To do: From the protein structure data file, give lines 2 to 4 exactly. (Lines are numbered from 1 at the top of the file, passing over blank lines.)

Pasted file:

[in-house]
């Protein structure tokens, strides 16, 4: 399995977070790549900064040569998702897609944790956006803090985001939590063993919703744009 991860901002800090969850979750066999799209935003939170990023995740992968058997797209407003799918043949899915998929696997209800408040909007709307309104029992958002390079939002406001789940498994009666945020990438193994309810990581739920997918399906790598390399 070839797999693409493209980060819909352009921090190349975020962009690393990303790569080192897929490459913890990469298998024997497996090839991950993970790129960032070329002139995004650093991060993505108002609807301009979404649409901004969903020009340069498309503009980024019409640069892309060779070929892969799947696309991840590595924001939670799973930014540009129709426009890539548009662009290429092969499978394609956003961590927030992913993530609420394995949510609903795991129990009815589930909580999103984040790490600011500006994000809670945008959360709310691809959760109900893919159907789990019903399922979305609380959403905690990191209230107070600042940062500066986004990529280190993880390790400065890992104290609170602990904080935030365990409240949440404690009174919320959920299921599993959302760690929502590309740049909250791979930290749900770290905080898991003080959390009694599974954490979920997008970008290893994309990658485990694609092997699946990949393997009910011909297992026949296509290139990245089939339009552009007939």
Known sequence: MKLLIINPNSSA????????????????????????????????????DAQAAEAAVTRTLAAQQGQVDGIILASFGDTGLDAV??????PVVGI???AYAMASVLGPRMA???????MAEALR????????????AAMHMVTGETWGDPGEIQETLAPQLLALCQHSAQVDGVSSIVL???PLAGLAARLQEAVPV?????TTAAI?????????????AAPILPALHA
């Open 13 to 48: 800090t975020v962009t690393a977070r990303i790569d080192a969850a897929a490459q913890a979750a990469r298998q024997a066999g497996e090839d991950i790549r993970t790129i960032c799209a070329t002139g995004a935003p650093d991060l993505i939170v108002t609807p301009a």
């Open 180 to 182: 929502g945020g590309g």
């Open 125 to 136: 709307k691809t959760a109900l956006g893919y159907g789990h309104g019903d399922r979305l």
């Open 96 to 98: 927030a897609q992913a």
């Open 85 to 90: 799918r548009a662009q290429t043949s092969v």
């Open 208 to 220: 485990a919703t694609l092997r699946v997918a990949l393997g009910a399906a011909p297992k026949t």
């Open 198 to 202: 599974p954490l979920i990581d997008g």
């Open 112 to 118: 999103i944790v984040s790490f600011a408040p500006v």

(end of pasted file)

């Protein structure tokens, strides 16, 4: 399995977070790549900064040569998702897609944790956006803090985001939590063993919703744009 991860901002800090969850979750066999799209935003939170990023995740992968058997797209407003799918043949899915998929696997209800408040909007709307309104029992958002390079939002406001789940498994009666945020990438193994309810990581739920997918399906790598390399 070839797999693409493209980060819909352009921090190349975020962009690393990303790569080192897929490459913890990469298998024997497996090839991950993970790129960032070329002139995004650093991060993505108002609807301009979404649409901004969903020009340069498309503009980024019409640069892309060779070929892969799947696309991840590595924001939670799973930014540009129709426009890539548009662009290429092969499978394609956003961590927030992913993530609420394995949510609903795991129990009815589930909580999103984040790490600011500006994000809670945008959360709310691809959760109900893919159907789990019903399922979305609380959403905690990191209230107070600042940062500066986004990529280190993880390790400065890992104290609170602990904080935030365990409240949440404690009174919320959920299921599993959302760690929502590309740049909250791979930290749900770290905080898991003080959390009694599974954490979920997008970008290893994309990658485990694609092997699946990949393997009910011909297992026949296509290139990245089939339009552009007939």
Known sequence: MKLLIINPNSSA????????????????????????????????????DAQAAEAAVTRTLAAQQGQVDGIILASFGDTGLDAV??????PVVGI???AYAMASVLGPRMA???????MAEALR????????????AAMHMVTGETWGDPGEIQETLAPQLLALCQHSAQVDGVSSIVL???PLAGLAARLQEAVPV?????TTAAI?????????????AAPILPALHA
């Open 13 to 48: 800090t975020v962009t690393a977070r990303i790569d080192a969850a897929a490459q913890a979750a990469r298998q024997a066999g497996e090839d991950i790549r993970t790129i960032c799209a070329t002139g995004a935003p650093d991060l993505i939170v108002t609807p301009a």